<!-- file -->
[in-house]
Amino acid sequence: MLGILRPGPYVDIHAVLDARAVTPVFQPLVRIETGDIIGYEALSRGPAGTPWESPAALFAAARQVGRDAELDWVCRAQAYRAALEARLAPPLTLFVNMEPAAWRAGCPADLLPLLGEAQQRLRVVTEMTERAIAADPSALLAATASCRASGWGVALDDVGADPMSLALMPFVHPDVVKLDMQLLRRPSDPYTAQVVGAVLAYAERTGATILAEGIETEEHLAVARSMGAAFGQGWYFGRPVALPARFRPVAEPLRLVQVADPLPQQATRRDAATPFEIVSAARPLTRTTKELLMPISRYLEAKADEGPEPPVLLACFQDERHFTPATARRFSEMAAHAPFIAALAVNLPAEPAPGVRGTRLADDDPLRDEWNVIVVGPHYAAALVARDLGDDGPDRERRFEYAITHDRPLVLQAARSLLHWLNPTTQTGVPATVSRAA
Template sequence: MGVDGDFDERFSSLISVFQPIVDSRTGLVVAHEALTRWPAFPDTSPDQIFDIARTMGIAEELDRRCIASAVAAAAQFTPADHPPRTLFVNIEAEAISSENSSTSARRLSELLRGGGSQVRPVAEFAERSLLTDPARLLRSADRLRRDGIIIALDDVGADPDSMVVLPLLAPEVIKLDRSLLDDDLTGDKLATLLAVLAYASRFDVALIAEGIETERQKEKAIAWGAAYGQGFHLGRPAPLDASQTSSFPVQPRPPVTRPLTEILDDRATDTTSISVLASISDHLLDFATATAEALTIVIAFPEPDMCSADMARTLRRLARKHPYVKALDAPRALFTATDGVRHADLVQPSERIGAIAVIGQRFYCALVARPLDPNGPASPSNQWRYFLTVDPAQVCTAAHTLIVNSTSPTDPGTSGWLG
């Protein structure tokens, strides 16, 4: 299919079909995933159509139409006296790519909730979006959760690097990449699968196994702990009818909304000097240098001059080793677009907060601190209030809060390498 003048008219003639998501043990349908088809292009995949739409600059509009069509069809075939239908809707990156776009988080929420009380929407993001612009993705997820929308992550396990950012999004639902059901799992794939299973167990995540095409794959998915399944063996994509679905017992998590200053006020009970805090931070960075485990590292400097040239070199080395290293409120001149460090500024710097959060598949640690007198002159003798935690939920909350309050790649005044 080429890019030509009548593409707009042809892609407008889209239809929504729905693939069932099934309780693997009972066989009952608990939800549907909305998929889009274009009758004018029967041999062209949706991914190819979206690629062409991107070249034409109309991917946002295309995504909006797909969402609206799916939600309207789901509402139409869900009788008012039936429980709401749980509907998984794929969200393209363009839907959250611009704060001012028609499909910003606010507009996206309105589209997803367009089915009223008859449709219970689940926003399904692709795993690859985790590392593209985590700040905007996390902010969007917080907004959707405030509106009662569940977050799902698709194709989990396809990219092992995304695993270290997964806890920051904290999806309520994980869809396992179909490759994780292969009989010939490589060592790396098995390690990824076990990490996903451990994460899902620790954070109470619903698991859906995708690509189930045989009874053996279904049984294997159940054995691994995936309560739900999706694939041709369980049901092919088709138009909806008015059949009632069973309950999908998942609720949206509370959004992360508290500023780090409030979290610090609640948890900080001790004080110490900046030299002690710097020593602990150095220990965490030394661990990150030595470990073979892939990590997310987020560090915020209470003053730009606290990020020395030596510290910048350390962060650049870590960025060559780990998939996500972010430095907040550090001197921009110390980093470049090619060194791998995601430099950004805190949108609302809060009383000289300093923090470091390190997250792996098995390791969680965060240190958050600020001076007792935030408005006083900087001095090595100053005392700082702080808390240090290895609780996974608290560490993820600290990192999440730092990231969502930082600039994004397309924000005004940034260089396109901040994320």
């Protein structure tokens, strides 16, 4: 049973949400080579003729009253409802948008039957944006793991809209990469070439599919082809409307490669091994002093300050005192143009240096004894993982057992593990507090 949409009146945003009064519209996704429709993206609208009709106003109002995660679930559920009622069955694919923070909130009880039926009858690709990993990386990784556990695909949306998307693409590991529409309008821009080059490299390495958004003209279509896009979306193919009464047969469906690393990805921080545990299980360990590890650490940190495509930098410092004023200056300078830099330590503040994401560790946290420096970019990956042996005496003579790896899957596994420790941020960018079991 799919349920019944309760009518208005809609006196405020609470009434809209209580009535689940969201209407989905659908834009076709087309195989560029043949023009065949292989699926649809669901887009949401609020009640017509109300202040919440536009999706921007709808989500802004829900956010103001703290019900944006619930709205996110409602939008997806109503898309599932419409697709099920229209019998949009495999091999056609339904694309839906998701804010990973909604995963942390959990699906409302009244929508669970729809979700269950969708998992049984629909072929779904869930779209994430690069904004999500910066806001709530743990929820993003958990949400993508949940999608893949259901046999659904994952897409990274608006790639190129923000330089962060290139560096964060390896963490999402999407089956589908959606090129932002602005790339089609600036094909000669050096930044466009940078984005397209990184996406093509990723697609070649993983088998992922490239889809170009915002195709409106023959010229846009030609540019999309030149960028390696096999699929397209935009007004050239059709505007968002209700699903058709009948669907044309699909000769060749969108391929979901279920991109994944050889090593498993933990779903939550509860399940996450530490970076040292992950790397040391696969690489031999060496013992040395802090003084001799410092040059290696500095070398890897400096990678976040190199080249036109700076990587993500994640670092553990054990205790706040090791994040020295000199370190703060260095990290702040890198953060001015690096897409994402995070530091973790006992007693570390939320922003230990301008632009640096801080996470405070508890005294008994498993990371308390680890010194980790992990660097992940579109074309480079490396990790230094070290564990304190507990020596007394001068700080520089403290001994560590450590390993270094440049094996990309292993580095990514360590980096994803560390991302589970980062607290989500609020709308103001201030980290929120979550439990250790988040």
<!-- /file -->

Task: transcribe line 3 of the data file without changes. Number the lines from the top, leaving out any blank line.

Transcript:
Template sequence: MGVDGDFDERFSSLISVFQPIVDSRTGLVVAHEALTRWPAFPDTSPDQIFDIARTMGIAEELDRRCIASAVAAAAQFTPADHPPRTLFVNIEAEAISSENSSTSARRLSELLRGGGSQVRPVAEFAERSLLTDPARLLRSADRLRRDGIIIALDDVGADPDSMVVLPLLAPEVIKLDRSLLDDDLTGDKLATLLAVLAYASRFDVALIAEGIETERQKEKAIAWGAAYGQGFHLGRPAPLDASQTSSFPVQPRPPVTRPLTEILDDRATDTTSISVLASISDHLLDFATATAEALTIVIAFPEPDMCSADMARTLRRLARKHPYVKALDAPRALFTATDGVRHADLVQPSERIGAIAVIGQRFYCALVARPLDPNGPASPSNQWRYFLTVDPAQVCTAAHTLIVNSTSPTDPGTSGWLG